This simple approach is more difficult in modern times, because IP — Intellectual Property — is much more important than it used to be.  IP is anything the company owns which is valuable but that you can’t touch.  It could be a suite of software, the value of a brand, or

close up of computer keyboard
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simply the know-how involved in producing the products or services that the company produces.  To illustrate the scale of this IP problem for value investors, consider the following estimate.  Ocean Tomo, an investment bank, reckoned that the proportion of the value of S&P500 companies which was tied up in IP increased from 17% in 1975 to a huge 84% in 2015.  So it is clear that there is a very serious problem in adopting a value investment approach these days, and that’s unfortunate because in my opinion, it is the only approach that works.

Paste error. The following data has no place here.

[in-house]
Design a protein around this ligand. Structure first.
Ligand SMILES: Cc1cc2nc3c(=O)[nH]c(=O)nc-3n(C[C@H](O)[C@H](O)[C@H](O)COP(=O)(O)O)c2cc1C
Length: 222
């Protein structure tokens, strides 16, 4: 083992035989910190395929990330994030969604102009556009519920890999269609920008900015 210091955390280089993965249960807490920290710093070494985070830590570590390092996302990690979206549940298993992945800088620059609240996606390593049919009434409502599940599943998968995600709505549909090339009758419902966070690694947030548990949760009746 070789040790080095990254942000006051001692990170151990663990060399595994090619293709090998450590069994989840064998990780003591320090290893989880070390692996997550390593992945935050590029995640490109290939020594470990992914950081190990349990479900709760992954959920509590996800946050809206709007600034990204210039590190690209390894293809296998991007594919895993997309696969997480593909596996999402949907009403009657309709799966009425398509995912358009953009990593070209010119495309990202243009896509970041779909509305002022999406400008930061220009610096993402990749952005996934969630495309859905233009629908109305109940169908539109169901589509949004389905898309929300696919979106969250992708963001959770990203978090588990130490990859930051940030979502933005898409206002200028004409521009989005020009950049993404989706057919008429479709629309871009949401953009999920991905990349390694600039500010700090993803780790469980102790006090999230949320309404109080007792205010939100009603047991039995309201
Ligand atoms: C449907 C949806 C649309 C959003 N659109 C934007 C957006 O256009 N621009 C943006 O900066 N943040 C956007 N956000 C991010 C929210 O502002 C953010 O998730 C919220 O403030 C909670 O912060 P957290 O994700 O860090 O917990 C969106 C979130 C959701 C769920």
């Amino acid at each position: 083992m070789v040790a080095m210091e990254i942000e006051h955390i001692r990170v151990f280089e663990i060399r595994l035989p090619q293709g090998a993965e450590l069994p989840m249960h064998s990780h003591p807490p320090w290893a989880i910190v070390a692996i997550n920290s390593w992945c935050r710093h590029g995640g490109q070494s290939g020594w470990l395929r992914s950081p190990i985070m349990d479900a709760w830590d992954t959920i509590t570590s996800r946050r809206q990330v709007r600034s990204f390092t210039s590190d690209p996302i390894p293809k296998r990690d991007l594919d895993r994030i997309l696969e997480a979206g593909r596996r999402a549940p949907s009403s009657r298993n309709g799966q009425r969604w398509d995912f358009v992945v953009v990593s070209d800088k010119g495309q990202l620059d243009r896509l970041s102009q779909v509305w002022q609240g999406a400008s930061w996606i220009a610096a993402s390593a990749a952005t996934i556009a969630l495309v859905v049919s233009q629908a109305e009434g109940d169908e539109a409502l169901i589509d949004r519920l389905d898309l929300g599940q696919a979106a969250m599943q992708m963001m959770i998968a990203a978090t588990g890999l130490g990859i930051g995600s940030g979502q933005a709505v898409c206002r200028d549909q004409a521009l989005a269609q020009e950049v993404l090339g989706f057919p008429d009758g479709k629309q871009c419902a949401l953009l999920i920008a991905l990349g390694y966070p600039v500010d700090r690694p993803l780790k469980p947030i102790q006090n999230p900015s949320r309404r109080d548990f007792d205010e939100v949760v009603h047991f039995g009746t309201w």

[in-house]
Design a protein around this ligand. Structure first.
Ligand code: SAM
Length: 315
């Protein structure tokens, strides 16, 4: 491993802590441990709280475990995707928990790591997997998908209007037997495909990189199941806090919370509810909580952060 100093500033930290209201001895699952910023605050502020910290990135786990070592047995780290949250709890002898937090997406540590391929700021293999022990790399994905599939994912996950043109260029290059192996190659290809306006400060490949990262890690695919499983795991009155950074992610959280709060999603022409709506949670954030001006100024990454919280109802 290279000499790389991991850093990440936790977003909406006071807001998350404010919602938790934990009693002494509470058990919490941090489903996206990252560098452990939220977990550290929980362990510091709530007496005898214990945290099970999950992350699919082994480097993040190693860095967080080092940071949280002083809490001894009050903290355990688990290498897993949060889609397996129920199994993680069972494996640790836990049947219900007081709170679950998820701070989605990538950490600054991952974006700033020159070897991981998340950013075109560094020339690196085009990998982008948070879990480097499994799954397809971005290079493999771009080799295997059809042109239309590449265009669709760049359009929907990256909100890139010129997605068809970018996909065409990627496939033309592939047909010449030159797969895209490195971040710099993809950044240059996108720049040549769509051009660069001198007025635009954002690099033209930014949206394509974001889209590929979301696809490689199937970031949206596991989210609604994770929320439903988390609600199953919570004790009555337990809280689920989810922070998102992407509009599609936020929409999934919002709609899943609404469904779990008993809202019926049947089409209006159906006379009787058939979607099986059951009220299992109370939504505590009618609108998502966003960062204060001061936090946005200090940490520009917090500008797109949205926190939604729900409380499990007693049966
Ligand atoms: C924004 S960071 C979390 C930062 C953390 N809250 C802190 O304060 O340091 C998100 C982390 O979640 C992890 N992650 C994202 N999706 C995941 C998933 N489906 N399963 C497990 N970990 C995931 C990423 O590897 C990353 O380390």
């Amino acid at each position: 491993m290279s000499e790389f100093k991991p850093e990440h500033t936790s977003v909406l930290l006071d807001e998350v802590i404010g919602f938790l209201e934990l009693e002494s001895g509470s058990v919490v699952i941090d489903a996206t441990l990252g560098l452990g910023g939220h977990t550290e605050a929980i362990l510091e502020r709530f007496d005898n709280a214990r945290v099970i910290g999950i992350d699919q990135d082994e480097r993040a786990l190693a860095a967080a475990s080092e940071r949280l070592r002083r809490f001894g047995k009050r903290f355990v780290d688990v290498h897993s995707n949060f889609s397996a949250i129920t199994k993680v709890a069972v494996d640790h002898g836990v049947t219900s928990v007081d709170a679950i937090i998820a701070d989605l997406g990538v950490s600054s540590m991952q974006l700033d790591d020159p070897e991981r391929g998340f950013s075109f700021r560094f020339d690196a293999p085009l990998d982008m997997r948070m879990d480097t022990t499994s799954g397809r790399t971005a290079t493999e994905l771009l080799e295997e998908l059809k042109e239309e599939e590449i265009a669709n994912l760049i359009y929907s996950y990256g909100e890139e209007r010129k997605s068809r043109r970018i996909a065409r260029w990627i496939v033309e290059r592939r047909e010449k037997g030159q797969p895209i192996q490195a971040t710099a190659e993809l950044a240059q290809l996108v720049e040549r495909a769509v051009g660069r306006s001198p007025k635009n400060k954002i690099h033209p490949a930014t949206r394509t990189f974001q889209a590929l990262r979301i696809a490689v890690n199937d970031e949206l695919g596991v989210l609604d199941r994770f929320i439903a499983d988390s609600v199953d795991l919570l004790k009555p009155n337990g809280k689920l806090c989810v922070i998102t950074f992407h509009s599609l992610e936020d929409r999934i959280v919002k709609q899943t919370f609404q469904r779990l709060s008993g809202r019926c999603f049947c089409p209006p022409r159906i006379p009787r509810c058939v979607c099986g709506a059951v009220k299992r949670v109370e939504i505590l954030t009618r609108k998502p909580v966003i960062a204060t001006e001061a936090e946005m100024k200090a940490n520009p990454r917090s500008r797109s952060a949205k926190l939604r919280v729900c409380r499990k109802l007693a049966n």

So what should investors do about this?  I think they should look at bank stocks.  This will seem dramatically strange at first sight, because banks own hardly anything at all that is tangible.  However, we already saw above that this is true for all companies now, so it can’t be avoided.  The key point though is this: there is a well-determined market value for everything owned by a bank.

business charts commerce computer